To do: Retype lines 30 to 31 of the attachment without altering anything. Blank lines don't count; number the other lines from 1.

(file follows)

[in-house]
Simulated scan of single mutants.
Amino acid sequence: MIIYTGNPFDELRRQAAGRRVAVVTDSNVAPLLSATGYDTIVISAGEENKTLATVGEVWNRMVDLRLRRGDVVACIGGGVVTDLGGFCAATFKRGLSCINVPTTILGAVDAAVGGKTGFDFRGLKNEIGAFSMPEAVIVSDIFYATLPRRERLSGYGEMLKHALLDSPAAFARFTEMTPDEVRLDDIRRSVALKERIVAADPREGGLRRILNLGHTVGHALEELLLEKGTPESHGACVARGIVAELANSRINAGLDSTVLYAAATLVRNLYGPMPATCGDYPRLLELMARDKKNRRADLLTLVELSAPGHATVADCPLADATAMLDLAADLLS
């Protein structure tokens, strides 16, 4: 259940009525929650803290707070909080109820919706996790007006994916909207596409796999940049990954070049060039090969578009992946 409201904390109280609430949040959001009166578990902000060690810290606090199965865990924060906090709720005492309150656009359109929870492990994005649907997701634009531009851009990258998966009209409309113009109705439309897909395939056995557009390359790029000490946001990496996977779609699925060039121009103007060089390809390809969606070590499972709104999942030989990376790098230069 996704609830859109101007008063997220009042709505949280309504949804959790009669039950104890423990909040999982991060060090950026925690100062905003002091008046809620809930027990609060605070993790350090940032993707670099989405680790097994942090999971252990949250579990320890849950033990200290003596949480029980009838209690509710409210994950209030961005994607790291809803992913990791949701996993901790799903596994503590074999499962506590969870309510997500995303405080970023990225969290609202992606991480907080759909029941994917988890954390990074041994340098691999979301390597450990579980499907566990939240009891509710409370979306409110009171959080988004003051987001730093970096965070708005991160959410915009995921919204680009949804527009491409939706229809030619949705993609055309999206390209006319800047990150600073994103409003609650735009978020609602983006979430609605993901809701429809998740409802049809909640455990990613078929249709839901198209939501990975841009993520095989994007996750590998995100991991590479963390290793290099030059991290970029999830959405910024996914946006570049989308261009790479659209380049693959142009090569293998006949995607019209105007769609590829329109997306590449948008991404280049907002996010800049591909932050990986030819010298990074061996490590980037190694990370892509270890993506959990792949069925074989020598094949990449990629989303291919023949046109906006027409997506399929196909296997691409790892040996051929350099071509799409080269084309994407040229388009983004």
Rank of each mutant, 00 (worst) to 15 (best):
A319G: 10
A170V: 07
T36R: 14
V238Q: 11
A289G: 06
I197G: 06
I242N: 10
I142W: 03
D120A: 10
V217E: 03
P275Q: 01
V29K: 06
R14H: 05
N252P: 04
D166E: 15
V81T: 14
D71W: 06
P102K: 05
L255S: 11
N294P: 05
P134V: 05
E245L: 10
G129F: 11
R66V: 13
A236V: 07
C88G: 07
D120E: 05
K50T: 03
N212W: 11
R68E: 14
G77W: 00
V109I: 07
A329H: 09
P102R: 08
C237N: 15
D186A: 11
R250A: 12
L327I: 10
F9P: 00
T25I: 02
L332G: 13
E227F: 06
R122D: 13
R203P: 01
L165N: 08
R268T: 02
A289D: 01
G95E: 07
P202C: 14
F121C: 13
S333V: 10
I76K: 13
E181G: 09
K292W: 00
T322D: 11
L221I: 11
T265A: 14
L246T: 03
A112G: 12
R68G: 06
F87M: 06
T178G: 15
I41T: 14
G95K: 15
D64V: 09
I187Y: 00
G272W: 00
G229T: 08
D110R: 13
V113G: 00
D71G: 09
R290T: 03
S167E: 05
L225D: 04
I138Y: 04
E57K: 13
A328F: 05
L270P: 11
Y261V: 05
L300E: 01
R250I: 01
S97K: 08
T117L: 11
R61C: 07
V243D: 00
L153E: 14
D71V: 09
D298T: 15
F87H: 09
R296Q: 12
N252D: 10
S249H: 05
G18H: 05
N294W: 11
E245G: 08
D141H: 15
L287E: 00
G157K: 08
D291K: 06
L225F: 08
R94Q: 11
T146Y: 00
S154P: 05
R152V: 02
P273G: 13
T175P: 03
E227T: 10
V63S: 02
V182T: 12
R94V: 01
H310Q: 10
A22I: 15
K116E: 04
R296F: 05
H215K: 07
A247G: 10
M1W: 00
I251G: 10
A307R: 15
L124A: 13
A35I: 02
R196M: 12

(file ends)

A236V: 07
C88G: 07